5) Support the community where he lives.  I don’t use he to describe anything other than my own gender.  Along with the great men and women of my denomination, I gladly affirm the only real thing I’ve ever lived, that sisters are just as called and gifted to do anything, at any level, a man can in pastoral leadership.  That said, pastors live and serve in a place.  If we’re not present, where we are, our support and strength and leadership in that place goes lacking.  That’s my problem when we pastors go everywhere except where we’re called, where we’re planted, where we’re stationed.  It can be a strong temptation for a pastor to leave his post to do something else, perhaps, something more glamorizing, or, even better, something easier.  But in my book, it’s a stronger work to affix your heart where you are and to stay.  Staying takes courage and fortitude and stamina.  Now, my experience allows me to expand or at least define what I mean by community.  God defines the community a pastor is called to.  So, I don’t intend community to be the geographical boundaries named for me by legislative districts or neighborhood names.  I mean community the way one wise preacher did when he said that the world was his parish.  The world is a pastor’s community most broadly.  But a pastor’s particular community is the placed to which he or she was called, was told to go, was summoned by God to serve.  We must support those communities and do so ferociously.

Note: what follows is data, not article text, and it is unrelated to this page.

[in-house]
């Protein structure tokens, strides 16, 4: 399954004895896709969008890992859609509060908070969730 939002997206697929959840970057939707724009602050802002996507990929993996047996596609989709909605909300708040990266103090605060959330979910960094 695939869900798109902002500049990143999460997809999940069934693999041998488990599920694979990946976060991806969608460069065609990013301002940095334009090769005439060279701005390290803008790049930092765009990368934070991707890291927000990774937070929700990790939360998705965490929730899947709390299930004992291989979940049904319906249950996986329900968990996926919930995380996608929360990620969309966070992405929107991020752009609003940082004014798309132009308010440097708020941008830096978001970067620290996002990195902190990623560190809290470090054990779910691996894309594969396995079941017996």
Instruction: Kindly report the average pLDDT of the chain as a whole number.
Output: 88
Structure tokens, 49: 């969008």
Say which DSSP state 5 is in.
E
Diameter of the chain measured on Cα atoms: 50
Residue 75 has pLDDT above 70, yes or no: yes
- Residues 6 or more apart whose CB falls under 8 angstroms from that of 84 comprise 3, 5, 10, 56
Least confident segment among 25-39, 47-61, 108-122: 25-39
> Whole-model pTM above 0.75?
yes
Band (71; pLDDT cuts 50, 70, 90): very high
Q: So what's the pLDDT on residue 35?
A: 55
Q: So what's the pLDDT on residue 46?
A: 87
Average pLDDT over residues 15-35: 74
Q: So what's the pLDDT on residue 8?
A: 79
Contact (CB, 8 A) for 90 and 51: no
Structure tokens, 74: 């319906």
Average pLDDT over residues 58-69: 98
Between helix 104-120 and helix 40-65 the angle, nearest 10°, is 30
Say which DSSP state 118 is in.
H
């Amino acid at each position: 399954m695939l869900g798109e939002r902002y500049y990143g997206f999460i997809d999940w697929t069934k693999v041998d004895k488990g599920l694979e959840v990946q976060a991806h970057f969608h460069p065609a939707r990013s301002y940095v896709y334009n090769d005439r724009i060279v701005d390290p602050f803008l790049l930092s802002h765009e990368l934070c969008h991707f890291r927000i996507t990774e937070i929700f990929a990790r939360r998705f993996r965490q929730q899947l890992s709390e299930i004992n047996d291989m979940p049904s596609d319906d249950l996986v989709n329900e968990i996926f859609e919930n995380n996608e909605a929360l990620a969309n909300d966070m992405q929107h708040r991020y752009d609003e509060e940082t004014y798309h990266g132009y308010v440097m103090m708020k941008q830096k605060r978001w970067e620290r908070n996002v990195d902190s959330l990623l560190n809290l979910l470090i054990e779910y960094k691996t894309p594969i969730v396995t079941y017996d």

If you’re interested to reading about a pastor’s role, my friend David Swanson gave me in 2002 the best book I’ve read in my so-far-still-short years of ministry.  It’s called The Reformed Pastor and it’s by Richard Baxter, a Puritan preacher whose language is of a more seasoned English tone than mine.  It’s a great, thoughtful, spiritually compelling read that points to the beauty, depth, and disciplined rigor of what it means to be a church leader.  Much is quotable in Baxter, but I’ll end with these lines (from pg. 75):

The whole course of our ministry must be carried on in a tender love to our people.  We must let them see that nothing pleaseth us but what profiteth them; and that what doeth them good doth us good; and that nothing troubleth us more than their hurt.  Yea, the tenderest love of a mother should not surpass ours.  We must even travail in birth, till Christ be formed in them.  They should see that we care for no outward thing, not money, not liberty, not credit, not life, in comparison of their salvation; but could even be content, with Moses, to have our names blotted out of the book of life rather than that they should not be found in the Lamb’s book of life.